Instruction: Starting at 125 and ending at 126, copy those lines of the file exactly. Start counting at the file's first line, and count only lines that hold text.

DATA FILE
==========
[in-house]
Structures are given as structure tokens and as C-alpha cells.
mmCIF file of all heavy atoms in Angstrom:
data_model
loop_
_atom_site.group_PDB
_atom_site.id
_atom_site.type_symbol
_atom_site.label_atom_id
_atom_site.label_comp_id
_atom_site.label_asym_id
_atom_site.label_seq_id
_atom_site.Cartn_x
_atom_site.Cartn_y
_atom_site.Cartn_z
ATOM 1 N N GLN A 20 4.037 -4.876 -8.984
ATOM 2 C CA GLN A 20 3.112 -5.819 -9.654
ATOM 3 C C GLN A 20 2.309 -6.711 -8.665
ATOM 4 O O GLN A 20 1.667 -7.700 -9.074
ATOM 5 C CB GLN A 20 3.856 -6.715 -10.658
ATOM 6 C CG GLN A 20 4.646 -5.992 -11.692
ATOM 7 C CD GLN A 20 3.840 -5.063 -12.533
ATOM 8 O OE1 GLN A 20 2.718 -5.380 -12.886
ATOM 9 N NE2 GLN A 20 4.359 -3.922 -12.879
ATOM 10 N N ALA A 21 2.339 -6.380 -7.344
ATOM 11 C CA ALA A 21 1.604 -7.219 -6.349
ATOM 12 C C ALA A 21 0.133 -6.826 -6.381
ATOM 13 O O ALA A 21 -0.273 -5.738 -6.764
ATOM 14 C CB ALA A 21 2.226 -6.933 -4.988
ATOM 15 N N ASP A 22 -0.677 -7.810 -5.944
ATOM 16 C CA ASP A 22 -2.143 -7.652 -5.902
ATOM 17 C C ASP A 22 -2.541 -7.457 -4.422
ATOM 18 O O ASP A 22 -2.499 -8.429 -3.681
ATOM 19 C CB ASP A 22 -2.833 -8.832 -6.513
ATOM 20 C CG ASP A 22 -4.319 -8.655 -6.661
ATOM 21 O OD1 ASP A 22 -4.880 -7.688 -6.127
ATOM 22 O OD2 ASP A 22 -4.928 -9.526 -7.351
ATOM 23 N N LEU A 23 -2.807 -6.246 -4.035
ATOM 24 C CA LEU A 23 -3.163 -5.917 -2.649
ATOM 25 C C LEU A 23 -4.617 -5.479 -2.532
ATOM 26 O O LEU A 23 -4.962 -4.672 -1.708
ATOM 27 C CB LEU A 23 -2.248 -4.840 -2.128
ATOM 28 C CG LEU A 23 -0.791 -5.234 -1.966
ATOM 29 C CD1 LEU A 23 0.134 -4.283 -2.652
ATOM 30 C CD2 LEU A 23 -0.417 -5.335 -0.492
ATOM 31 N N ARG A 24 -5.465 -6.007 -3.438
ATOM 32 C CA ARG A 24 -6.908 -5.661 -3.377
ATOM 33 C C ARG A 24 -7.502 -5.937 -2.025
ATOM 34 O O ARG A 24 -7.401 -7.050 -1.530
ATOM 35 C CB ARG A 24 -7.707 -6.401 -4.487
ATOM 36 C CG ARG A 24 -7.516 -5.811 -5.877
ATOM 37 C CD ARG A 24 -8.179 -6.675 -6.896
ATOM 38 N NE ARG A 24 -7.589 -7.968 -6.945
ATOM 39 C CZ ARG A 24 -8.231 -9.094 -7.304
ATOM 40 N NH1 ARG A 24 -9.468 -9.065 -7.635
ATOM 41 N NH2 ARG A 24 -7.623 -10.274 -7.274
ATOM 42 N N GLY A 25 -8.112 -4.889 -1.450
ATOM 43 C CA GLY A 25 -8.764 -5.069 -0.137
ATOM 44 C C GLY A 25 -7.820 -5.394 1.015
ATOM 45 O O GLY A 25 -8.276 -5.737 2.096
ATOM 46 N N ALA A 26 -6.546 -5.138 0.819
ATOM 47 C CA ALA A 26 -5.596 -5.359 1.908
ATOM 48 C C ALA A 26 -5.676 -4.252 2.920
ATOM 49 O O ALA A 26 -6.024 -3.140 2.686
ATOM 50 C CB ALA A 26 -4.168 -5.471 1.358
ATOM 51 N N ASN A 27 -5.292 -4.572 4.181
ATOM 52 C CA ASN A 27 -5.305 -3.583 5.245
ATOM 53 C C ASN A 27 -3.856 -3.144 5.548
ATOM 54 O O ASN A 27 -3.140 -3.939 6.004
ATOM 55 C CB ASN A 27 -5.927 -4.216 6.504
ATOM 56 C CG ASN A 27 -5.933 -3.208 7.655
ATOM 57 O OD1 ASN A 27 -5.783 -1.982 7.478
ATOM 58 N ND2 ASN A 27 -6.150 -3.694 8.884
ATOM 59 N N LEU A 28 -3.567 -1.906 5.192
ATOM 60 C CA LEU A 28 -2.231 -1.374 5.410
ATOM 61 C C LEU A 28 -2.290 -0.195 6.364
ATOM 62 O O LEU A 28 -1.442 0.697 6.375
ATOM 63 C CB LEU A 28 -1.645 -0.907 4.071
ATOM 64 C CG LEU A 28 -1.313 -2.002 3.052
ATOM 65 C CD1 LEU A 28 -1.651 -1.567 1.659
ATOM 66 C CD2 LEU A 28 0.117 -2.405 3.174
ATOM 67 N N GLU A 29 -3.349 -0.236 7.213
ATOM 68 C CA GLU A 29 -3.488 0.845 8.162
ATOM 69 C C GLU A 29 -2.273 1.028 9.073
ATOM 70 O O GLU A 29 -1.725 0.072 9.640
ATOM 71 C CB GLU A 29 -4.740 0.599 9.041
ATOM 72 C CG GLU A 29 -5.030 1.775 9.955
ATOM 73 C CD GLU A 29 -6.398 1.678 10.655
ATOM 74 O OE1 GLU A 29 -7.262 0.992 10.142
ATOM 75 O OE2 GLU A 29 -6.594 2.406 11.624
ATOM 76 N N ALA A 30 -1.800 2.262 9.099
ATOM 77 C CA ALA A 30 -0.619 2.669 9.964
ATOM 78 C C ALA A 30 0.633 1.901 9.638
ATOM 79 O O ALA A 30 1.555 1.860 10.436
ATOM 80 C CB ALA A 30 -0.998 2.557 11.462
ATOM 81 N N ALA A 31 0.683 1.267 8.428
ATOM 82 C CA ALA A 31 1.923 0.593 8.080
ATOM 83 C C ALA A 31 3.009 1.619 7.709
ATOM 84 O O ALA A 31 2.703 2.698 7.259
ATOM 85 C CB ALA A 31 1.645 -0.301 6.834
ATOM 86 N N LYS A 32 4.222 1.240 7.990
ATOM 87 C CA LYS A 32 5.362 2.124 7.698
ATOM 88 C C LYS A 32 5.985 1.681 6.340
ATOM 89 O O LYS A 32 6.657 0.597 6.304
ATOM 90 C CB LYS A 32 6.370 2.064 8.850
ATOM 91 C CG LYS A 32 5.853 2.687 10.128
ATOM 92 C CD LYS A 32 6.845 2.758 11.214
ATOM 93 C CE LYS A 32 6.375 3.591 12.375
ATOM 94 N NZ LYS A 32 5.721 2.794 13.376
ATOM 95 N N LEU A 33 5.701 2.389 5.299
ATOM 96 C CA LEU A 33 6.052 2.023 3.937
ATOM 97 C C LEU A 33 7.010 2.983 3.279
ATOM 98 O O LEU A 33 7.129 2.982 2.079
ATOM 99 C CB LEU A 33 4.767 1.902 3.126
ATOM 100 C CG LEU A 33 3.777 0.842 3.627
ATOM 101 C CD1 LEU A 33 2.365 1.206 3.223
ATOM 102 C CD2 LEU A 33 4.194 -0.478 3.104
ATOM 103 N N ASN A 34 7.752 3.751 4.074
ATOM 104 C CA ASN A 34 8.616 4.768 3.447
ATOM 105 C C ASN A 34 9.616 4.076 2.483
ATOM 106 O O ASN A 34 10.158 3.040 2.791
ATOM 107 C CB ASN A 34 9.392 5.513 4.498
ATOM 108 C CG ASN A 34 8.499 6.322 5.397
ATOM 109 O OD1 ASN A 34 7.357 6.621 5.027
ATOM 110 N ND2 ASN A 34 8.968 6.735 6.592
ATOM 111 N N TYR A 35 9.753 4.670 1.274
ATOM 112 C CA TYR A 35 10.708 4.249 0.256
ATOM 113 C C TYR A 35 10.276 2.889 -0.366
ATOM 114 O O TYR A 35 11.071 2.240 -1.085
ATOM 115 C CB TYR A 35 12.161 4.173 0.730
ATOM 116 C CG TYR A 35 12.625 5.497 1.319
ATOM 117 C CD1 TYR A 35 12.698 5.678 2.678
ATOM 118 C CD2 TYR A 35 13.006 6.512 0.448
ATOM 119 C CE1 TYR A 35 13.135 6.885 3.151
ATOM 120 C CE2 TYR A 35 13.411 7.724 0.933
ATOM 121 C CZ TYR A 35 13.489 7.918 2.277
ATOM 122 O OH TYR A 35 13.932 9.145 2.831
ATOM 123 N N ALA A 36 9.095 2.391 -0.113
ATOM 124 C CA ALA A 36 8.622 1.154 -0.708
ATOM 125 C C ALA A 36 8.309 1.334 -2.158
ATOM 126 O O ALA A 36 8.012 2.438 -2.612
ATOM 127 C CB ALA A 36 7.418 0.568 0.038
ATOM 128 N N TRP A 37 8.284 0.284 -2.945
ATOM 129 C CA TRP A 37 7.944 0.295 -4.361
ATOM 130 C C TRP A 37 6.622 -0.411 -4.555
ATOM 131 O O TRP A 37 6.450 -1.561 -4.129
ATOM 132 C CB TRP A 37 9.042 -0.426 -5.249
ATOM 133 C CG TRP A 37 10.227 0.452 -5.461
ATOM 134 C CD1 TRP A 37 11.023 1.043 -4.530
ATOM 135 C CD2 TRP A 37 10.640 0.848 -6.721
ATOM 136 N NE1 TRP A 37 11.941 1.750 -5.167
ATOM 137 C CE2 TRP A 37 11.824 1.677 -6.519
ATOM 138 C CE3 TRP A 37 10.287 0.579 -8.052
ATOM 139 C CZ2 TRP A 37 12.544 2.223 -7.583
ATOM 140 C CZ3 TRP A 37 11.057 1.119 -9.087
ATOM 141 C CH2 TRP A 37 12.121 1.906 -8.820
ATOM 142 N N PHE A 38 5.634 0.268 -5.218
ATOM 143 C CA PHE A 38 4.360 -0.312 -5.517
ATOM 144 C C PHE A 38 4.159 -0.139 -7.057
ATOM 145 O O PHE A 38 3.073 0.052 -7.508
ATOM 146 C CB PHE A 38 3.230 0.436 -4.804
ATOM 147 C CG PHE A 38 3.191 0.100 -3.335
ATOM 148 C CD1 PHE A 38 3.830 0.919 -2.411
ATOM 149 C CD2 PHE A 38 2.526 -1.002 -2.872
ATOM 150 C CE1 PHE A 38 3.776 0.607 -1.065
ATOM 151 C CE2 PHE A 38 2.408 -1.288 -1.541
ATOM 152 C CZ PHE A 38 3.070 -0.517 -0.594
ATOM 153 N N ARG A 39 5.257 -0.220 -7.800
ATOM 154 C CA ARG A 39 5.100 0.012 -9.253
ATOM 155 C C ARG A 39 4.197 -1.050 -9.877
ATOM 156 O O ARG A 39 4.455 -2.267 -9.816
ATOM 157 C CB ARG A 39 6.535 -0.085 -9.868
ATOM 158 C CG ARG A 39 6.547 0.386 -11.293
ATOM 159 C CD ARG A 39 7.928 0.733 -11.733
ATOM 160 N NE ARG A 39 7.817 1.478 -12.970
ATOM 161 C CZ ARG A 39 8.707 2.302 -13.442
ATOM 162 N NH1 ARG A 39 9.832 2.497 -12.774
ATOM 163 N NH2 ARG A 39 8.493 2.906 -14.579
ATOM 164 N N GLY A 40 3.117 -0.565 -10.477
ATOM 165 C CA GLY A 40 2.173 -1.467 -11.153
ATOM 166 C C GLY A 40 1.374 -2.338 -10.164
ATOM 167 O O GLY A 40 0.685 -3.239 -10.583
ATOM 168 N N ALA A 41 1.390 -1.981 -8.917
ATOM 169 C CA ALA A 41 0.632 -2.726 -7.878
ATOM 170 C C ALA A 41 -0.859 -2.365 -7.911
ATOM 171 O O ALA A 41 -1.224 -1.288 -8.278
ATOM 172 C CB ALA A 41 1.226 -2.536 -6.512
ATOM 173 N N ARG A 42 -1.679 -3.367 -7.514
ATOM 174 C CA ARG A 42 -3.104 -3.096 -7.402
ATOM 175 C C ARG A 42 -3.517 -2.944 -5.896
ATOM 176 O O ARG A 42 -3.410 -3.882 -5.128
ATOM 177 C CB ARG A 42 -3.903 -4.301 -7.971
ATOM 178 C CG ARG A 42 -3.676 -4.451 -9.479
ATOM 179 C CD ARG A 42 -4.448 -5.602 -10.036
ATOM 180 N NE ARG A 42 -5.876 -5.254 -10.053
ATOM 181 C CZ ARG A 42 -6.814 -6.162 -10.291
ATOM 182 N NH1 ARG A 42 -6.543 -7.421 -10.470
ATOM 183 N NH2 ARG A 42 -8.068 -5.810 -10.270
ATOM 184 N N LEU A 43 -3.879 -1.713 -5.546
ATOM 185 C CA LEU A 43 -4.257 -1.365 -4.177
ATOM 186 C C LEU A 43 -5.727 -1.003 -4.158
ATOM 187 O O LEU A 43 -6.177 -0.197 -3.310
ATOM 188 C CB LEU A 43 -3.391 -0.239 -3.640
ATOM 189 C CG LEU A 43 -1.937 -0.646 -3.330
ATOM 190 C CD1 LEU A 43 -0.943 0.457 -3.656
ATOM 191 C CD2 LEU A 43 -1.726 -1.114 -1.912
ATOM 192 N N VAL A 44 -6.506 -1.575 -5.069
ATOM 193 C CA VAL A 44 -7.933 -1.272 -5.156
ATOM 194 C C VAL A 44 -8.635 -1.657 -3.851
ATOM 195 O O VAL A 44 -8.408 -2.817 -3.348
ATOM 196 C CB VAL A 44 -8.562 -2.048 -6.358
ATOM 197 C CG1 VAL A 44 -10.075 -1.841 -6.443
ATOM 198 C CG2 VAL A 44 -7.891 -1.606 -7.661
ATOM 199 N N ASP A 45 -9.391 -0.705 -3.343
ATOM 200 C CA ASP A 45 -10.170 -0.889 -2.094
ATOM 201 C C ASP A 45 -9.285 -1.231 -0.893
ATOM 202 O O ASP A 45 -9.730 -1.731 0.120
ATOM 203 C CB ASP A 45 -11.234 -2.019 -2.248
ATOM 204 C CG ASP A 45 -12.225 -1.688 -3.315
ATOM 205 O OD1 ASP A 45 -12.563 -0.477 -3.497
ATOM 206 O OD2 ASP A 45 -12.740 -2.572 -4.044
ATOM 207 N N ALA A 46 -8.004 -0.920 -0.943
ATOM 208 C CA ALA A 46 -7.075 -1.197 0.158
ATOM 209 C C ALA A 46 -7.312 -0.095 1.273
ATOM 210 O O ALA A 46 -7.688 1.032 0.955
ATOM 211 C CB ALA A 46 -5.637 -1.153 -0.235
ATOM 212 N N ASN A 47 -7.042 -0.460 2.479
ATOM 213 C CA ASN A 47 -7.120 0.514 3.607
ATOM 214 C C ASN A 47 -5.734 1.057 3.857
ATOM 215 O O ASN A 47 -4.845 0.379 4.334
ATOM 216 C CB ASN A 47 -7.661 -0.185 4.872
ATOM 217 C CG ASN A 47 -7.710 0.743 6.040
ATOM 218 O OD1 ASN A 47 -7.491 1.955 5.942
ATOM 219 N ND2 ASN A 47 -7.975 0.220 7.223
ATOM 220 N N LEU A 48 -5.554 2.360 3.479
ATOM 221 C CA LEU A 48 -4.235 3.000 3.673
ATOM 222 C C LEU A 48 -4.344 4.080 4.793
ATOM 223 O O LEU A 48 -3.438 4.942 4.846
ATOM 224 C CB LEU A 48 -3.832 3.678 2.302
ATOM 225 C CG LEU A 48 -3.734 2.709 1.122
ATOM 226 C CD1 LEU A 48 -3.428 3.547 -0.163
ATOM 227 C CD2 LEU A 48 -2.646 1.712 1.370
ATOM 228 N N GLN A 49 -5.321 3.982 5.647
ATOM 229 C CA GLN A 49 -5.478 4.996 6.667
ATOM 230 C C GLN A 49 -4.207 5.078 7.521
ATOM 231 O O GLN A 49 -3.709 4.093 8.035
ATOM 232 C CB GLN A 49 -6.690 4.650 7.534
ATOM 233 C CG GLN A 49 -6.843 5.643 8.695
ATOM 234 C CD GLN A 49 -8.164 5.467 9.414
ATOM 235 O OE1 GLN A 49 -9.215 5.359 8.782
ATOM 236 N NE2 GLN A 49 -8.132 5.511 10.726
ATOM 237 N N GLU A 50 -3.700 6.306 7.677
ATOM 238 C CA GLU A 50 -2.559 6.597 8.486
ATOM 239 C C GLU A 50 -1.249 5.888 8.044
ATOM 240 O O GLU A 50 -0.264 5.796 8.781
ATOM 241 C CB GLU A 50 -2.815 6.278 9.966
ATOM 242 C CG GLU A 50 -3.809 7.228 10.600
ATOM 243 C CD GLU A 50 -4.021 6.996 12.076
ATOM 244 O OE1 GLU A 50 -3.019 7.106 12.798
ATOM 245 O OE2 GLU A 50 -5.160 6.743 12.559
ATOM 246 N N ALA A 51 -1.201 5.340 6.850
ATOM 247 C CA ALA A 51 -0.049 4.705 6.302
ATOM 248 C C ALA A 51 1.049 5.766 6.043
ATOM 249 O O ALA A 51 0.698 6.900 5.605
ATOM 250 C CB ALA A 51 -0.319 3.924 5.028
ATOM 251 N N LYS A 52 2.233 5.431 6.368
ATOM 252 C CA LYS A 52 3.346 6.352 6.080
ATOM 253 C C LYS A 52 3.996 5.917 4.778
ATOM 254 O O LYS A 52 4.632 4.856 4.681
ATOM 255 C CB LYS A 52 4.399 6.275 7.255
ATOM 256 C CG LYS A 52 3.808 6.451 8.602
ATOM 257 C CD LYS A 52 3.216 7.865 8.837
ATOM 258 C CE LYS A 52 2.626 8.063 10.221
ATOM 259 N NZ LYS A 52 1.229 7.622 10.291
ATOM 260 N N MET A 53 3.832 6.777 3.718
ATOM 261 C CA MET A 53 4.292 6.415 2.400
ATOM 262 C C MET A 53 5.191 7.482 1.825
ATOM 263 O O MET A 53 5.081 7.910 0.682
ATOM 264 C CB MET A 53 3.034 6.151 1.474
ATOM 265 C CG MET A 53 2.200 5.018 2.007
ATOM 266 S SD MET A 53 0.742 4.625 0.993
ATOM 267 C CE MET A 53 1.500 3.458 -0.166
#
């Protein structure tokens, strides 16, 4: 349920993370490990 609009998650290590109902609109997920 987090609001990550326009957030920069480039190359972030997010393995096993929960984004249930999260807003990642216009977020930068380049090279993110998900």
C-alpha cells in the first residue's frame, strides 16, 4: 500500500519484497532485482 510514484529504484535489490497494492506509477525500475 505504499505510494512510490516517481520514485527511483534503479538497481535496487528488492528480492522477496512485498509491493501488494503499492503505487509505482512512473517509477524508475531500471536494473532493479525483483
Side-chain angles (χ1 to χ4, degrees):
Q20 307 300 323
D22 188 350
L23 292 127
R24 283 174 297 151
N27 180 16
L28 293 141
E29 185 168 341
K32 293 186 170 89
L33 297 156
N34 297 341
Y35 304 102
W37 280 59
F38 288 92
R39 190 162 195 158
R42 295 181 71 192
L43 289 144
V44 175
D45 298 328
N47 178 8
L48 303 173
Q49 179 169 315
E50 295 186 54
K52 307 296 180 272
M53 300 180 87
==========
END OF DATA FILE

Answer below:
ATOM 110 N ND2 ASN A 34 8.968 6.735 6.592
ATOM 111 N N TYR A 35 9.753 4.670 1.274